For the first time ever, scientists have grown plants in lunar soil returned from the Apollo missions. But given the degree of stress seen in these plants, it’s unlikely we’ll be farming on the Moon anytime soon.
New research in Communications Biology is the first to show that plants, specifically thale cress (Arabidopsis thaliana), will grow in lunar regolith.
“Think about that for a minute and the implications are astounding,” the three scientists behind the study, all from the University of Florida, wrote to me in a group email. “Terrestrial life can potentially live on the Moon, and for astronauts spending any time on the Moon, plants can be used for life support in ways that have only been speculated about.”
No doubt, this represents a truly astounding and unexpected result. As the scientists explained, lunar regolith is nothing like the soils found on Earth, the former being sharp, abrasive, and with no organic elements whatsoever. What’s more, lunar regolith involves certain chemical states, like those having to do with iron, that aren’t present in terrestrial soils. They’re also packed with tiny shards of volcanic glass. And of course, the Moon, with its paltry atmosphere, is continually bombarded with radiation.
Yes, the plants grew, but that’s not to say they did fantastically well. The thale cress specimens grown in the lunar regolith showed signs of stress, including slow growth, low volume, and discoloration. The team, which included horticulturist Robert Ferl from the UF Institute of Food and Agricultural Sciences, says more research will be needed should we ever hope to grow plants on the Moon using locally sourced soils. Horticulturist Anna-Lisa Paul and geologist Stephen Elardo, both from UF, are co-authors of the study.
That we would want to grow plants on the Moon is understandable. Plants produce oxygen and starch while absorbing carbon dioxide and recycling water. They “complete the sustained life support cycle here on Earth and will likely do the same when we move off the Earth,” the researchers explained.
For the study, they used samples brought back from the Apollo 11, 12, and 17 missions. It wasn’t easy for them to get ahold of these precious materials. The team made three formal requests for the samples over the past 11 years, with NASA finally obliging and loaning them 12 grams for the experiment. That’s just a few teaspoons. Working with simulated lunar soil, the scientists spent years trying to figure out the minimum amount needed to run this experiment. A lunar simulant known as JSC-1A, which the team later used as a control substrate for the experiment, was key to this process.
“Once we knew the minimum we could work with, one gram per plant, we knew how much to ask for,” the team told me. “In order to make the study statistically robust, we needed four plants per lunar sample. That formed the basis of our request to NASA for samples.”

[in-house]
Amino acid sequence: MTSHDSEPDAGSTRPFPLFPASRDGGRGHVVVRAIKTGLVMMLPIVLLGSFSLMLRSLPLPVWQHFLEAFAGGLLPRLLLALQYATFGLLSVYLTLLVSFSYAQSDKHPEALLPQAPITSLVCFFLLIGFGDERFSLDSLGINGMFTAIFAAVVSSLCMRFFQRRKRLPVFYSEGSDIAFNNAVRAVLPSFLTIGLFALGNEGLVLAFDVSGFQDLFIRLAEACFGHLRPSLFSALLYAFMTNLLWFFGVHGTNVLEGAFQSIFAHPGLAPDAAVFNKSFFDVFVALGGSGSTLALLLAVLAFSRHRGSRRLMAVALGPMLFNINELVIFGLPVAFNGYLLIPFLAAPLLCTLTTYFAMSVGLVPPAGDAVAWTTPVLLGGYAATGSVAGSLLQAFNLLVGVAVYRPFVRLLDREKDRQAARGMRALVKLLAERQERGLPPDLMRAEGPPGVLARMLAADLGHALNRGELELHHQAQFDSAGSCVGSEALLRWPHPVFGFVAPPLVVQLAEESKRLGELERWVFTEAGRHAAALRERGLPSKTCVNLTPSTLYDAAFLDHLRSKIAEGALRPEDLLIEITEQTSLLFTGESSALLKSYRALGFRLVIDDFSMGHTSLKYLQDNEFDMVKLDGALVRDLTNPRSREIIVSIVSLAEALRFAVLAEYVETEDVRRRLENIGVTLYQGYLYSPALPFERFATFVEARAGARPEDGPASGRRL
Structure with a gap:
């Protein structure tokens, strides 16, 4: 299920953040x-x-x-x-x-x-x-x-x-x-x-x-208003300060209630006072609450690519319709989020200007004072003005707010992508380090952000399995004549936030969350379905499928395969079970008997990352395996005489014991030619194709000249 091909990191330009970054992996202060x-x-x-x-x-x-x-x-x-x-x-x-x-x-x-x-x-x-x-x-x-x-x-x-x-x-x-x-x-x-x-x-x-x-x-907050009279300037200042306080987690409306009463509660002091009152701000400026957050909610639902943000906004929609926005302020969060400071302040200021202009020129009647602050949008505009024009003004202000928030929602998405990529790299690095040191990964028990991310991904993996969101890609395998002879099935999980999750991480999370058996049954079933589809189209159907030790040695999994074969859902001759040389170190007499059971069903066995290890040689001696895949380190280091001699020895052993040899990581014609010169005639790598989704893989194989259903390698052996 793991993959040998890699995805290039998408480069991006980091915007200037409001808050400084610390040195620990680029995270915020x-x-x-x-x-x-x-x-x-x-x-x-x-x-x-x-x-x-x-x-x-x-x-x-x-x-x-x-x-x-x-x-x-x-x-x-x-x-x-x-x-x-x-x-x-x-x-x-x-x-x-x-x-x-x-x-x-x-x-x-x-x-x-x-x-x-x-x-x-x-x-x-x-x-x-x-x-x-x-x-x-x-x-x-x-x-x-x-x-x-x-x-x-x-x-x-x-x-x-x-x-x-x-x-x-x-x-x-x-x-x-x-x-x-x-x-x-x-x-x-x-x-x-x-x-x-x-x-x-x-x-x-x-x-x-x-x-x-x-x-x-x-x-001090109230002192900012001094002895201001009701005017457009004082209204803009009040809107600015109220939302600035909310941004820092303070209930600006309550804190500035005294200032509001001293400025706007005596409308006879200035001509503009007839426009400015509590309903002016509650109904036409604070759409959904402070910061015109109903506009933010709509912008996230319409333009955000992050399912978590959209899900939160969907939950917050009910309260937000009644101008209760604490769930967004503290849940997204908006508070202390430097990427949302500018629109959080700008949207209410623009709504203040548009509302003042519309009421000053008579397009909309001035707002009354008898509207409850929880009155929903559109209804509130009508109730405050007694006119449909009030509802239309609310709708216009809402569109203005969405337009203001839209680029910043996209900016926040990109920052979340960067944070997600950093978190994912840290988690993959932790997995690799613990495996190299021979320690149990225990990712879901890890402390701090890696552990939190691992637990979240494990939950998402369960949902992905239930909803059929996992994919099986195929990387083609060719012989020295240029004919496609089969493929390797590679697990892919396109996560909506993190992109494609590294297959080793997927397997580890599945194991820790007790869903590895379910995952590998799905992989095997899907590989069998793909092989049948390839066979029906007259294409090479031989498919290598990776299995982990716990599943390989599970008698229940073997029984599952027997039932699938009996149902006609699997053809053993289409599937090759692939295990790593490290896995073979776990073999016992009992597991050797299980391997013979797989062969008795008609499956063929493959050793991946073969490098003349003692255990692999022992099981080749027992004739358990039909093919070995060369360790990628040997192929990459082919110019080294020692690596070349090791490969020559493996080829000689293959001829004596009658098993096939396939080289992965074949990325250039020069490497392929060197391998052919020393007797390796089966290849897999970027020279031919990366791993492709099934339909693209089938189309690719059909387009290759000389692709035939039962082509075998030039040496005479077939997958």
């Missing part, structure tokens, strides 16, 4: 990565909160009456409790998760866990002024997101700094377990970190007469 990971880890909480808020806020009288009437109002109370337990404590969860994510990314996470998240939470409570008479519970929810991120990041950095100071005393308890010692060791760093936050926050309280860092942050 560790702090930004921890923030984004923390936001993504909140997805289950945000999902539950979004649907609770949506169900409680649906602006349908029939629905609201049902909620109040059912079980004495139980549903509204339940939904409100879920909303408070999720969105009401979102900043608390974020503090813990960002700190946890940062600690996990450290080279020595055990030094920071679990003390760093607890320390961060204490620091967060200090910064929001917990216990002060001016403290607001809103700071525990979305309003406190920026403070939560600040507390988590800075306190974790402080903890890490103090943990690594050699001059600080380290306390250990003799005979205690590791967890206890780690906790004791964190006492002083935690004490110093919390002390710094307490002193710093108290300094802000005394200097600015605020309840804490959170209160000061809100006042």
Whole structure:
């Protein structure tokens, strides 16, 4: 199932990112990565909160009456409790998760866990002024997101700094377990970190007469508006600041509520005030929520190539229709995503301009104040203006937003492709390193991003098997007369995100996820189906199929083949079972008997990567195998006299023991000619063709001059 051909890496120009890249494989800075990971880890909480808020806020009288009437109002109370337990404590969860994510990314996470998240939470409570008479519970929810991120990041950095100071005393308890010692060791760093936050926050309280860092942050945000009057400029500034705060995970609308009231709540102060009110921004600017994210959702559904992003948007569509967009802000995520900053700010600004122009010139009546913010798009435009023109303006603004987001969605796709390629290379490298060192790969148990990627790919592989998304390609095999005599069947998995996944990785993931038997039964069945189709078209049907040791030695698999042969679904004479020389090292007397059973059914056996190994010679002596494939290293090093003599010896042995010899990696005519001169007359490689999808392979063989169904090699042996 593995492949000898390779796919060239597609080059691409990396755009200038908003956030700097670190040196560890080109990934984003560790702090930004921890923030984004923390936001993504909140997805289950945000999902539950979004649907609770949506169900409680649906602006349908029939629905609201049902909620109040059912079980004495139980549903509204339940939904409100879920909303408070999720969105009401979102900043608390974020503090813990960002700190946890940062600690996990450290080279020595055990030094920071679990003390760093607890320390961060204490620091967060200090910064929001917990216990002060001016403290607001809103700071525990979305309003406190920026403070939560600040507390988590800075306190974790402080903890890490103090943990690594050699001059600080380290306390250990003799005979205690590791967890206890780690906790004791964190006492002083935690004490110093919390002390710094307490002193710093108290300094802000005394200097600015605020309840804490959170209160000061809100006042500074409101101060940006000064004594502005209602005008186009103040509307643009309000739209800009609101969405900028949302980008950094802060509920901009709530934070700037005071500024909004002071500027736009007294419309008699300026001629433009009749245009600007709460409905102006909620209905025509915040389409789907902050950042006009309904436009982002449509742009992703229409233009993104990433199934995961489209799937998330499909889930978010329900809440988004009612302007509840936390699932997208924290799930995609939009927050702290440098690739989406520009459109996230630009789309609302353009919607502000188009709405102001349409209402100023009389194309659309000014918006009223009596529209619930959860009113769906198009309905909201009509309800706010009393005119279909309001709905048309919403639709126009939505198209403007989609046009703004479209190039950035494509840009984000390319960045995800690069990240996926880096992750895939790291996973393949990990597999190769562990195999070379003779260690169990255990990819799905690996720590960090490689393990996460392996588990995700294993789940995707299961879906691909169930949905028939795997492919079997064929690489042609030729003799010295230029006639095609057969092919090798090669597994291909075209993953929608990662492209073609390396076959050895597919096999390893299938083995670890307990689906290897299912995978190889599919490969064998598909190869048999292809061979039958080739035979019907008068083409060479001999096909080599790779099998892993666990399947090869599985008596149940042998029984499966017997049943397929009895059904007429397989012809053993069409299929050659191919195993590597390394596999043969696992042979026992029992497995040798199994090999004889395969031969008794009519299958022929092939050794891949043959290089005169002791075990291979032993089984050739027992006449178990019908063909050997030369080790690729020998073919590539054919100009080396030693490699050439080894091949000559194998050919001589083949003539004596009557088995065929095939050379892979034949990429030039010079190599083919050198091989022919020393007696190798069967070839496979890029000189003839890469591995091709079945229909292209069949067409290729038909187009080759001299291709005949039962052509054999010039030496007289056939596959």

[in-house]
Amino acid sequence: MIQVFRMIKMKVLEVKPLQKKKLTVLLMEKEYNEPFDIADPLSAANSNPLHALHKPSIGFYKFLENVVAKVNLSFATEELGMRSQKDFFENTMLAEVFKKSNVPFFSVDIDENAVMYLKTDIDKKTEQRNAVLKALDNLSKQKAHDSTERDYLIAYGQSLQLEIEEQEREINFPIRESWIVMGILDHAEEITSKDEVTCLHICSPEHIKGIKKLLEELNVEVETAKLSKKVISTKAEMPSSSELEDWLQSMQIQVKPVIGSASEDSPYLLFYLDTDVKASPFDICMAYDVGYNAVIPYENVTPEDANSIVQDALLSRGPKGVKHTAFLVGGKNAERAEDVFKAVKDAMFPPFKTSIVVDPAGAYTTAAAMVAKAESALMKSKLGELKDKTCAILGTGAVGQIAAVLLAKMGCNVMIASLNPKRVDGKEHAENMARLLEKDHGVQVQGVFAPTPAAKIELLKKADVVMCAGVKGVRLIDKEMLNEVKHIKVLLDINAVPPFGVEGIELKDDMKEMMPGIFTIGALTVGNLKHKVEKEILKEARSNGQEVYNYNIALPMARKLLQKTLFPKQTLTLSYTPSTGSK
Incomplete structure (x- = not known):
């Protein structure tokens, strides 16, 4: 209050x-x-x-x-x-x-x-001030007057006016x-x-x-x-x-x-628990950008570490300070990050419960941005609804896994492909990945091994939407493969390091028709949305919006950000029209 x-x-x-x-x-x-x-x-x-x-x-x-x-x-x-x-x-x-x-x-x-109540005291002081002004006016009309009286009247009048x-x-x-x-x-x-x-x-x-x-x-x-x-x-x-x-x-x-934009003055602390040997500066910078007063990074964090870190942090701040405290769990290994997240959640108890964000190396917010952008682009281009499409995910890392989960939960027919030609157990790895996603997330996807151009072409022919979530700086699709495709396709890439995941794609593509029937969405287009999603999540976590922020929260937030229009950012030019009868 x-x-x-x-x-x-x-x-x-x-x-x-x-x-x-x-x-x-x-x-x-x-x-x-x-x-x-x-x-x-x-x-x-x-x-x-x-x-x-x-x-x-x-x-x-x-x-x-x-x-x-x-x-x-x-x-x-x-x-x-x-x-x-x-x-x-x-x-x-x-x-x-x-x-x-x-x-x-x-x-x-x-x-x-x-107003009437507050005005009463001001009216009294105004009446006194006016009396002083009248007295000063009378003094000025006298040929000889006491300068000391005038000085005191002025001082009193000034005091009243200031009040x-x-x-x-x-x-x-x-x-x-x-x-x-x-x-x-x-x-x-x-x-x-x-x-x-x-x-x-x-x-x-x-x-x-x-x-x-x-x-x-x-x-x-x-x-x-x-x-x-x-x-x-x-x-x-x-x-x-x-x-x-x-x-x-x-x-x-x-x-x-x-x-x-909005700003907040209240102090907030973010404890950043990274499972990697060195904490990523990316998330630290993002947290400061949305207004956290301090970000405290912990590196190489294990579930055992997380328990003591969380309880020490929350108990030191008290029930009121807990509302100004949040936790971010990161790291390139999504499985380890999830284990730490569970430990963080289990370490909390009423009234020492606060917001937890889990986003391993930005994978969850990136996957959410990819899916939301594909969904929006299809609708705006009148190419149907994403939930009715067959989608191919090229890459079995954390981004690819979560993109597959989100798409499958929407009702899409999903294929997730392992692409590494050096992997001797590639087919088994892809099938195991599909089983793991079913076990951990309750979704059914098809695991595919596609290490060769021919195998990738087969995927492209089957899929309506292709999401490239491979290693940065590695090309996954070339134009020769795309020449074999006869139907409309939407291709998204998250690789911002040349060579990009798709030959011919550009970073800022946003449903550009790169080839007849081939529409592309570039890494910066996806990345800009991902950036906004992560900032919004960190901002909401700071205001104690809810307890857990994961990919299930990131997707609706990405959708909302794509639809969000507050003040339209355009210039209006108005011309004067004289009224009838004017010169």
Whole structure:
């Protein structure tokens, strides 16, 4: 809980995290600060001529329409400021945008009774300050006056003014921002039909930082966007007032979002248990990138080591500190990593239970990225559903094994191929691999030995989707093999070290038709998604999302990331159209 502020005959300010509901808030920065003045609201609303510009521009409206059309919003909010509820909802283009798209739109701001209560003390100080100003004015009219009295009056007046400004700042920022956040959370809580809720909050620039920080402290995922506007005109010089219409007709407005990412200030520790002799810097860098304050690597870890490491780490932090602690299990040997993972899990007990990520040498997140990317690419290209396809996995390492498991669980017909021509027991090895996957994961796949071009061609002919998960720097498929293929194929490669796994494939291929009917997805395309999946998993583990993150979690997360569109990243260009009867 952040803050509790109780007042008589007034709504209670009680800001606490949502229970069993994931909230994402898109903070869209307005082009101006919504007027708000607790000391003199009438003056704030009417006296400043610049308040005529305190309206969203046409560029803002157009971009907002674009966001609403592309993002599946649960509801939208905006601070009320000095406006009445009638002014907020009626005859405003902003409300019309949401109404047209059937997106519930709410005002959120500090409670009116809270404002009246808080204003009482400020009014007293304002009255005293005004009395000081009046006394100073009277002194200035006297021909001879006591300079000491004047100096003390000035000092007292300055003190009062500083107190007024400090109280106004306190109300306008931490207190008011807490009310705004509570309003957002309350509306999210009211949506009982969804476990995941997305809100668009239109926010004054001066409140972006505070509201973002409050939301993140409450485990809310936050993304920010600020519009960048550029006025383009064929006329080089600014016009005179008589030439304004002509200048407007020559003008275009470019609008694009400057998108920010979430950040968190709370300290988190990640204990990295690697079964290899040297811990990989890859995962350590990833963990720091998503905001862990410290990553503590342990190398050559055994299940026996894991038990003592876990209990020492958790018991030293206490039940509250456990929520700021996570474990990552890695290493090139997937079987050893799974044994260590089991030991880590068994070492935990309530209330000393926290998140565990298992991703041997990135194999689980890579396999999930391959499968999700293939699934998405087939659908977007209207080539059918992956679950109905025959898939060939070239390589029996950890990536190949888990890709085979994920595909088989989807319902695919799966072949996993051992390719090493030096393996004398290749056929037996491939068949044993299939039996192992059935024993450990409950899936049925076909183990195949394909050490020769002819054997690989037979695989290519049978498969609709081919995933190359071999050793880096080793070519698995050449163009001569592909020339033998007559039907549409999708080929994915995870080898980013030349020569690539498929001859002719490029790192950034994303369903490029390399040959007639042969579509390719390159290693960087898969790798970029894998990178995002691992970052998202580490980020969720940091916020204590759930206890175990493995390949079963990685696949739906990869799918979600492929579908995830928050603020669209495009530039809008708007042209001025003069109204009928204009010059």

Importantly, not all of the Apollo samples were equal. The Apollo 11 samples were taken directly from the surface and are considered “mature soils,” as they’ve been exposed and churned by cosmic winds. By comparison, the samples from Apollo 12 and 17 were dug from deeper layers. In addition to the JSC-1A lunar simulant, the researchers attempted to grow plants in volcanic ash from Earth, which also served as a control substrate.
The scientists used thale cress—a small flowering plant native to Eurasia and Africa—because its “genome has been sequenced and well mapped with respect to the function of most of its genes,” the scientists said. This allowed them to spot the specific genes used by the plant to physiologically adapt to growth in the lunar regolith. And because thale cress is so tiny, they were able to grow the plants in a single gram of material, placed inside thimble-sized wells normally used to culture cells.
Incredibly, the thale cress grew in all soil conditions tested, albeit more slowly in the lunar regolith. It also took longer for the Moon plants to grow larger leaves, and their root systems were stunted compared to the controls. These were taken as signs of stress, as were the reddish-black pigments observed on the plants.
The scientists also observed the rates at which the plants expressed genes related to stress, such as responses to metals and reactive oxygen-containing compounds. The plants in the Apollo 11 substrate produced 465 of these genes, while the Apollo 12 plants produced 265 and the Apollo 17 plant 113. This finding suggests regolith sourced at the surface is less ideal as a growth substrate compared to soils found deeper below. The scientists say prolonged exposure to cosmic rays and solar wind, and also the presence of small iron particles, likely induced the stress observed in the experiments.
I asked the team about possible mitigation strategies to treat the lunar regolith such that it can properly sustain plant life.
“Ahhh, a very important question,” they responded. “Our study suggests that some mitigations might be needed for really good growth. Some of that mitigation may occur by repeatedly growing plants in the same sample, letting the biology condition the soil. Other more active mitigations, like cycling water through the regolith, could work as well.”
A key goal of NASA’s upcoming Artemis program is to build a sustainable presence on the Moon. The new paper, with its remarkable findings, sets us in the right direction toward making this happen.